In 1937, US 191 was extended south from its previous terminus in Idaho Falls, ID to a new southern terminus at US 30S at Tremonton. But the exact location of the terminus seems to have shifted around a bit in the early years. The US designation first appeared on Rand McNally's 1939 Nevada-Utah map. Again, no Tremonton bypass is visible here, so US 191 may have briefly ended in the center of Tremonton for the first couple years of its existence in Utah:

Rand McNally (Nevada-Utah), 1939.

By 1940, the Tremonton bypass was complete, but not quite in its present form - the main north-south highway used 12800 North to shift from 5400 West to 5200 West (a more direct bypass exists today). At that point, if US 191 had ever ended in Tremonton itself, it no longer did - it now bypassed Tremonton to the east and terminated at Haws Corner. Here's a 1940 Census Enumeration District map showing the routes in the area:

U.S. Census, 1940.

In 1946, US 191 was extended south to US 91 in Brigham City. That entire extension was concurrent with the already-existing US 30S, but it was done as a way to emphasize that US 191 via Tremonton and Malad was now a decent alternative route to US 91 through the Cache Valley. Presumably this was also when the routes of SR 41 and 82 were switched: SR 41 became the legislative designation for the through route of US 191, while 82 was moved to the old alignment. Shell's 1950 Utah map showed both the extended US 191 and the new alignment of SR 82:

Shell (Utah), 1950.

The 1950s

The section of US 191 on 12800 North east of Garland may have been eliminated by the time of that map above, but the scale of that map makes it hard to tell. The modern bypass was certainly in place by 1954, when this USGS map was made.

USGS (Brigham City), 1954.

Note that at its north end, SR 82 did not reach US 191 by turning north on 5400 West as it does today - rather, it continued east on 12800 North. Also notice that SR 102 had been moved off its original crossing of the Bear River by then, and onto a new, more direct routing that much more closely resembles its modern alignment.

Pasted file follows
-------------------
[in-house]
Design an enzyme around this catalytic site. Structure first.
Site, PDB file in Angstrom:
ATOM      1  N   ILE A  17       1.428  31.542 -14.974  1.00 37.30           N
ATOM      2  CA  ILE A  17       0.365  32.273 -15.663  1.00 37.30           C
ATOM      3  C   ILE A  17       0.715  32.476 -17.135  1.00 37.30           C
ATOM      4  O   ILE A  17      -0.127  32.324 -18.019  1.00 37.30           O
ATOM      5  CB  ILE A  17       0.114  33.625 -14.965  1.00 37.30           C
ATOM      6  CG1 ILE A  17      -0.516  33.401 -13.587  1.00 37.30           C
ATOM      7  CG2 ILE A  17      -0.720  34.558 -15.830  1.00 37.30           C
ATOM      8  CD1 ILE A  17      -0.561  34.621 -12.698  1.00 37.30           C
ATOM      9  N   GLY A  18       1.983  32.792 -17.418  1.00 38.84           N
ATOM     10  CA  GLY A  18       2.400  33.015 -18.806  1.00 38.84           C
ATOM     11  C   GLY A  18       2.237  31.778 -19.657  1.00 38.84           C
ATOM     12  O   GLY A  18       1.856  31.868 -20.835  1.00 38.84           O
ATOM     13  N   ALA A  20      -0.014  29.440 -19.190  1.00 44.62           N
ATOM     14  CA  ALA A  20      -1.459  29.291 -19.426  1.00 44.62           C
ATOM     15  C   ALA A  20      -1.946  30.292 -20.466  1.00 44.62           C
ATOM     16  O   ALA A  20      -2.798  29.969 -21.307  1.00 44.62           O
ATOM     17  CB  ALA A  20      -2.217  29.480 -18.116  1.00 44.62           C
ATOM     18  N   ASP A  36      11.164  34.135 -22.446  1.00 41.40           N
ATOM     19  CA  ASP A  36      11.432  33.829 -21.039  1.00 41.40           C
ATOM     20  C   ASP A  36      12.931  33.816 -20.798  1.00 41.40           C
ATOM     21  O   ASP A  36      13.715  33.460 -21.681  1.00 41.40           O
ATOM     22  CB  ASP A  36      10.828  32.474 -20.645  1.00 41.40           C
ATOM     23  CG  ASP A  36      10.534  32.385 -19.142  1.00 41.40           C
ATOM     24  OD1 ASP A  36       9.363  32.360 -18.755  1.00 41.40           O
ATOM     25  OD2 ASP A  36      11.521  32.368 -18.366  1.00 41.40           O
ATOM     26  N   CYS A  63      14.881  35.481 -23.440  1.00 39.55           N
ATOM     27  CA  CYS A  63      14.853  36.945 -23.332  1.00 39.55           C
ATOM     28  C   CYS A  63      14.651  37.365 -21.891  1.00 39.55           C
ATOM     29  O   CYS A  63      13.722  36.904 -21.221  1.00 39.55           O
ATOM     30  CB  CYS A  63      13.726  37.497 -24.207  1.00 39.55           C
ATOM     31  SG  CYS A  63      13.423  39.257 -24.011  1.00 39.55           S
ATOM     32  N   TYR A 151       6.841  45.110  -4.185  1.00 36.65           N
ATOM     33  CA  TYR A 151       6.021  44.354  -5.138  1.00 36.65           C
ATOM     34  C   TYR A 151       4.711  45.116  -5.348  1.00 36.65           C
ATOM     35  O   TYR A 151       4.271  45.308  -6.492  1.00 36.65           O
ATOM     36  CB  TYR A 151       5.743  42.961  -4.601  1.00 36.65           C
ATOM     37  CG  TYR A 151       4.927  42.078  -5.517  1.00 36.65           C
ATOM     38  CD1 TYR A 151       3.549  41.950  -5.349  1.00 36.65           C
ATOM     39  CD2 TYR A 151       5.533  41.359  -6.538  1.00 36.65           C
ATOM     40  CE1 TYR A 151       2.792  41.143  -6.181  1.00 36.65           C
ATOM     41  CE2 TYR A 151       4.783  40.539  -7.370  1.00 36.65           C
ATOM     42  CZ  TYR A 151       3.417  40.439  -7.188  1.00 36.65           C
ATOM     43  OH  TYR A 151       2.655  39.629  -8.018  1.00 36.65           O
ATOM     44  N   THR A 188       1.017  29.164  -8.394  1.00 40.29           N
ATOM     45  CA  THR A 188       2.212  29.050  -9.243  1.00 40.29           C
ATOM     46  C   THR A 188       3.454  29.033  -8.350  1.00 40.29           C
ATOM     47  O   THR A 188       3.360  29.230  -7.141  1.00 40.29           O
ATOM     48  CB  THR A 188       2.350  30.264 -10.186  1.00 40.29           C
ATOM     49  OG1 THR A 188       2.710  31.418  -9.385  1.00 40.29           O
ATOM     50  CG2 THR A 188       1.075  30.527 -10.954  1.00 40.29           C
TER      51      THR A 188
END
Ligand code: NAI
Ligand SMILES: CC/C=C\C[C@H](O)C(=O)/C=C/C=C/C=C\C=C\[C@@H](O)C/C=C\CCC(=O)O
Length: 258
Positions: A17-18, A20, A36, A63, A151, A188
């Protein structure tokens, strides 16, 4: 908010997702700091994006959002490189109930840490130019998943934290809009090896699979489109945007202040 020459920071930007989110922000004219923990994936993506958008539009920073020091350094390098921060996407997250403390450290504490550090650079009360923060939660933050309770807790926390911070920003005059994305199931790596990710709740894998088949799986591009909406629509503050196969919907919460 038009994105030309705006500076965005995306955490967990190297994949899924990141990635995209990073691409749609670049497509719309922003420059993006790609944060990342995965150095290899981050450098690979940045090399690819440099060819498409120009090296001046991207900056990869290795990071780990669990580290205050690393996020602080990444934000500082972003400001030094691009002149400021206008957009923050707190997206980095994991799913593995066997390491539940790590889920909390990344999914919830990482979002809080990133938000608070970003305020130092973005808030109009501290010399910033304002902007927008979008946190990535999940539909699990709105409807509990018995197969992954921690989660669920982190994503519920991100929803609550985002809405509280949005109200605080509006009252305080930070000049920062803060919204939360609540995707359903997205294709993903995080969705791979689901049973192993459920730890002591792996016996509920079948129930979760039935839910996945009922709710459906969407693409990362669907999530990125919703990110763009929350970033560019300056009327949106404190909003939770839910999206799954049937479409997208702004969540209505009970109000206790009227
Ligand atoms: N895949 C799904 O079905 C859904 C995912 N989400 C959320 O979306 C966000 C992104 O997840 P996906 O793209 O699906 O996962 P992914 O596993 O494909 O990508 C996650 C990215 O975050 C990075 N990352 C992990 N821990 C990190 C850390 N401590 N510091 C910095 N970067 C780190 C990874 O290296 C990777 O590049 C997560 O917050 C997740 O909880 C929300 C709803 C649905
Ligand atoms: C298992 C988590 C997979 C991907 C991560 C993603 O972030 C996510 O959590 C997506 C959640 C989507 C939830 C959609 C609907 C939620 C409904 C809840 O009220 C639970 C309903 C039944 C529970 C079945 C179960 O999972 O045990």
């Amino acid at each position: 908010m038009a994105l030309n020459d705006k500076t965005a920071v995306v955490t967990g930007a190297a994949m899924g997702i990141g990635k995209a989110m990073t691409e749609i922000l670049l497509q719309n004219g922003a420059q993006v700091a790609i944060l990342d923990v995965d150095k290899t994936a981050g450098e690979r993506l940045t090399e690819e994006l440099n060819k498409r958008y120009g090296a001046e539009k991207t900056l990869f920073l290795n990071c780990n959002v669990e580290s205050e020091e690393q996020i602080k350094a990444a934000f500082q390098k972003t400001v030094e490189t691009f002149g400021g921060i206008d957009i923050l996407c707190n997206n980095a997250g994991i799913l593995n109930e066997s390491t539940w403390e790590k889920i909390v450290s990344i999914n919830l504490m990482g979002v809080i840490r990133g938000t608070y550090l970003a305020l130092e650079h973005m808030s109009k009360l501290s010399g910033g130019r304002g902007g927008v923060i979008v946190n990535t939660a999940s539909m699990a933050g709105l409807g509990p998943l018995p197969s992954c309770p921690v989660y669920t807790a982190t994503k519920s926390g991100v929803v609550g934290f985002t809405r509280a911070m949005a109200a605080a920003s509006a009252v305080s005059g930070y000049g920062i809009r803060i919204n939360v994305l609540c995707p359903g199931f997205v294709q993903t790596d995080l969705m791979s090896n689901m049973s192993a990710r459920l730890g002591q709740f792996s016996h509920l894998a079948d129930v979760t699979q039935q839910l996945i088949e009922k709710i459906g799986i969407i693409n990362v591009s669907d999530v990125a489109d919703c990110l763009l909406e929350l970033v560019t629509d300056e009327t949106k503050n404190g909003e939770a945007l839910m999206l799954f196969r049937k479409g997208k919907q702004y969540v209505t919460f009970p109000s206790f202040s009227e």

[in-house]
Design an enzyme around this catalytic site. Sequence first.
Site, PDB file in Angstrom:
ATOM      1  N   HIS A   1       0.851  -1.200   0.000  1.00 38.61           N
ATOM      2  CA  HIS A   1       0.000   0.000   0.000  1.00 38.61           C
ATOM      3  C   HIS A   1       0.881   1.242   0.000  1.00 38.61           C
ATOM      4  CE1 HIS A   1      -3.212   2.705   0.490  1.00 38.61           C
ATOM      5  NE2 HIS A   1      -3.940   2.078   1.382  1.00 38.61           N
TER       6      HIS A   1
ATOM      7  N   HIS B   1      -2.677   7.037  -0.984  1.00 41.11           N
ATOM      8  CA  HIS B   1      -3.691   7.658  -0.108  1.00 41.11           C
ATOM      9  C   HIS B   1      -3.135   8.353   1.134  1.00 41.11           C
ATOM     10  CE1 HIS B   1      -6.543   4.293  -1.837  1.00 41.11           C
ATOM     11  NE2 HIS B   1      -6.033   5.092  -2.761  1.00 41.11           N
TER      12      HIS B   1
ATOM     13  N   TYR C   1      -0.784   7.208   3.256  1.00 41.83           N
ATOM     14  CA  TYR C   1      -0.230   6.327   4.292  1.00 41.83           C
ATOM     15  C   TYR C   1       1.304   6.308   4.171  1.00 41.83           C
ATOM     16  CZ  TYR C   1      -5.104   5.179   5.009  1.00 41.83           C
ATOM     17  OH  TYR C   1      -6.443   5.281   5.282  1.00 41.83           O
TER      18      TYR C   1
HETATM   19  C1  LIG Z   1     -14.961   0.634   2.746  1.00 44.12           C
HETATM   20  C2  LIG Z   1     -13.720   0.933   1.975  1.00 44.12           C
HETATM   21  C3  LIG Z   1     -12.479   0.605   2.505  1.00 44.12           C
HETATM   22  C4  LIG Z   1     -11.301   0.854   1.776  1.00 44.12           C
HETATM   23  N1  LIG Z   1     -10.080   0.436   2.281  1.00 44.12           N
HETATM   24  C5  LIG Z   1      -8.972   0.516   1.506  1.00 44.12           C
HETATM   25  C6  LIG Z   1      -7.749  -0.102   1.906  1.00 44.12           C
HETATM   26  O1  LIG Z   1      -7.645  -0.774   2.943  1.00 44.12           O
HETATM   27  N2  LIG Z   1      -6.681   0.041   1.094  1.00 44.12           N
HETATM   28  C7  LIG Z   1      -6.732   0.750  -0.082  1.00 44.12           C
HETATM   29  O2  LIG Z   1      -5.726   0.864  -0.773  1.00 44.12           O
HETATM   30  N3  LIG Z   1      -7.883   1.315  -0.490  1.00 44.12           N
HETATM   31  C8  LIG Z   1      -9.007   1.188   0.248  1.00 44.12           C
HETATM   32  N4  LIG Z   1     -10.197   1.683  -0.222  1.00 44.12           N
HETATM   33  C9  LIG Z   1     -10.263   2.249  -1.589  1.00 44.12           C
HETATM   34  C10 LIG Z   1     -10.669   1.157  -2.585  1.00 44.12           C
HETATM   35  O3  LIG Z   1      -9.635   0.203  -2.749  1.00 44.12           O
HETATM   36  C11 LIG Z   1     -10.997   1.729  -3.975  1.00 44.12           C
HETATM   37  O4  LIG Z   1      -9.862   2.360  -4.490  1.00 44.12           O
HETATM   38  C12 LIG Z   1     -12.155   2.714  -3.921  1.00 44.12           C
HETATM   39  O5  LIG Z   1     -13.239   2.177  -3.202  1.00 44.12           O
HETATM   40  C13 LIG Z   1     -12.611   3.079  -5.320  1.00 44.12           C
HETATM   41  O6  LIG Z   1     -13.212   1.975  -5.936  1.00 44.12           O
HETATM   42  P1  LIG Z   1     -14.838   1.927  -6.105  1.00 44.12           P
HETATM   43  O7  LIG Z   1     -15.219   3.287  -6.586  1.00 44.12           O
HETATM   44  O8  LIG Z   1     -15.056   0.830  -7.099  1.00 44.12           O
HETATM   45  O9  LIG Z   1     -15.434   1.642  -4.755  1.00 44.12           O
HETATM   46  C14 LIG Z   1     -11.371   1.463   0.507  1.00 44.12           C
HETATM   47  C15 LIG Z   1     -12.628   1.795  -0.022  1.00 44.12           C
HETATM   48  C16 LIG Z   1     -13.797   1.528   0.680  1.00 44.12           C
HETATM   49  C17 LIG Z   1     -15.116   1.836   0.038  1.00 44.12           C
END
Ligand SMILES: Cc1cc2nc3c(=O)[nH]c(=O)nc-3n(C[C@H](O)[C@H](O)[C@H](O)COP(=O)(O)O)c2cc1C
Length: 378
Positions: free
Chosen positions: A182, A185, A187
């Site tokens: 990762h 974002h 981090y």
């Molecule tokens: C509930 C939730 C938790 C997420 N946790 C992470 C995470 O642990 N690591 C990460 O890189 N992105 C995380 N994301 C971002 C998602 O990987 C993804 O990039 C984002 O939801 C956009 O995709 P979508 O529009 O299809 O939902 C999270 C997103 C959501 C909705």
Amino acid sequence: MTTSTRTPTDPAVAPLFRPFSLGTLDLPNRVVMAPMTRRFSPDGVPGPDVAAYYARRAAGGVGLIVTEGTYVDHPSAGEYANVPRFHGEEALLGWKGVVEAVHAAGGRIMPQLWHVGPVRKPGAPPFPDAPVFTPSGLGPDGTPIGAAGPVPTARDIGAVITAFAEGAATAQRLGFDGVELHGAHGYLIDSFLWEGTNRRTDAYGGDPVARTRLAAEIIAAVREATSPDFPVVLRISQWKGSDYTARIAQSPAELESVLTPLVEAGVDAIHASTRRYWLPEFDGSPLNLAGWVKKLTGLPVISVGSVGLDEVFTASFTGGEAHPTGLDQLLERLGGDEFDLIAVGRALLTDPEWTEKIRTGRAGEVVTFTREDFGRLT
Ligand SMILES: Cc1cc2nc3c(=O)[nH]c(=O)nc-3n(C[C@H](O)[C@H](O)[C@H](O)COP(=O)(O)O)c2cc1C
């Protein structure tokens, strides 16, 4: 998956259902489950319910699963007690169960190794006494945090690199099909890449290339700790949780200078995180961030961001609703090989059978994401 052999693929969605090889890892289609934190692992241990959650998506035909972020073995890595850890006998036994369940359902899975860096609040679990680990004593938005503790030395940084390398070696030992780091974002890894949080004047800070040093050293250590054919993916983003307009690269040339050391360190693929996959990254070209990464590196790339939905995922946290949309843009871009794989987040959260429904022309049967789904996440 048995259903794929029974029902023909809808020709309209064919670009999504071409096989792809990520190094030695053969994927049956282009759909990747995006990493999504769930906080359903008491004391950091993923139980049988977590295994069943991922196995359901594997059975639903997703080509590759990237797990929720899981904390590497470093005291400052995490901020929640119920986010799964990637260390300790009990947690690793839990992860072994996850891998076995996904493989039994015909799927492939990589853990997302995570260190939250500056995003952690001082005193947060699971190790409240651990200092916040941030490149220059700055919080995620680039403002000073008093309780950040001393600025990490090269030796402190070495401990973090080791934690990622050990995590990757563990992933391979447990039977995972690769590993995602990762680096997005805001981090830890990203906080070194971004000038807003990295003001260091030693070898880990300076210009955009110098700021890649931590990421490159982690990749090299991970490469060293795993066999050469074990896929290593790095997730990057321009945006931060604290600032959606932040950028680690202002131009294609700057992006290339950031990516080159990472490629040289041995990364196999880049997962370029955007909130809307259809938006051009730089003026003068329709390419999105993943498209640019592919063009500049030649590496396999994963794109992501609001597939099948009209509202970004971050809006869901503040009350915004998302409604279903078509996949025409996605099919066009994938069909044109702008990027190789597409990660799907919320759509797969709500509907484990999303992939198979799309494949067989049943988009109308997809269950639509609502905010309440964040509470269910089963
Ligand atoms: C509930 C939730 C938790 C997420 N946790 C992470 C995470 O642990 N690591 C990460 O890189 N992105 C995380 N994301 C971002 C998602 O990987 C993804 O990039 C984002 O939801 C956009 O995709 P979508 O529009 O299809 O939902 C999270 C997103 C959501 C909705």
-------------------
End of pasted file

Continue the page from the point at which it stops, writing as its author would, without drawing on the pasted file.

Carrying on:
In 1955, a slightly smaller-scale bypass of central Tremonton was created, running along 300 East in Tremonton from 600 North (SR 82) south to Main Street (US 30S). This new route was numbered SR 82A. Although the number itself was not shown, the route of SR 82A can be seen on the 1961 USGS map:

USGS (Tremonton), 1961.

SR 82A would be deleted as a route designation in 1964, but SR 82 was moved to what had been 82A at that time. Tremont Street and 600 North were removed from the state highway system as a result.

The Coming of the Interstates

In 1962, due to the impending construction of the Interstate system, several legislative designations were adjusted. US 191 would soon be replaced by I-15, while US 30S would be replaced by I-80N. Since I-80N would not be built for some time, the legislative designation of US 30S west of Haws Corner switched from SR 42 to SR 3, the number that would ultimately be used for the interstate. However, since I-15 was complete up to Elwood (just south of Tremonton) by then, the SR-41 designation did not become SR 1. Instead, it was changed to SR 84, which was extended north from its pre-existing route in Weber County. However, as SR 3 and 84 were only legislative designations for US routes and future interstates in this area, those changes would not have been signed.

The only 1962 change that would have been noticeable on the ground was the truncation of US 191 back to Haws Corner - the Brigham City-Haws Corner road reverted to just US 30S. This was probably done because at that point, the vast majority of 191 south of Haws Corner had been effectively replaced by I-15.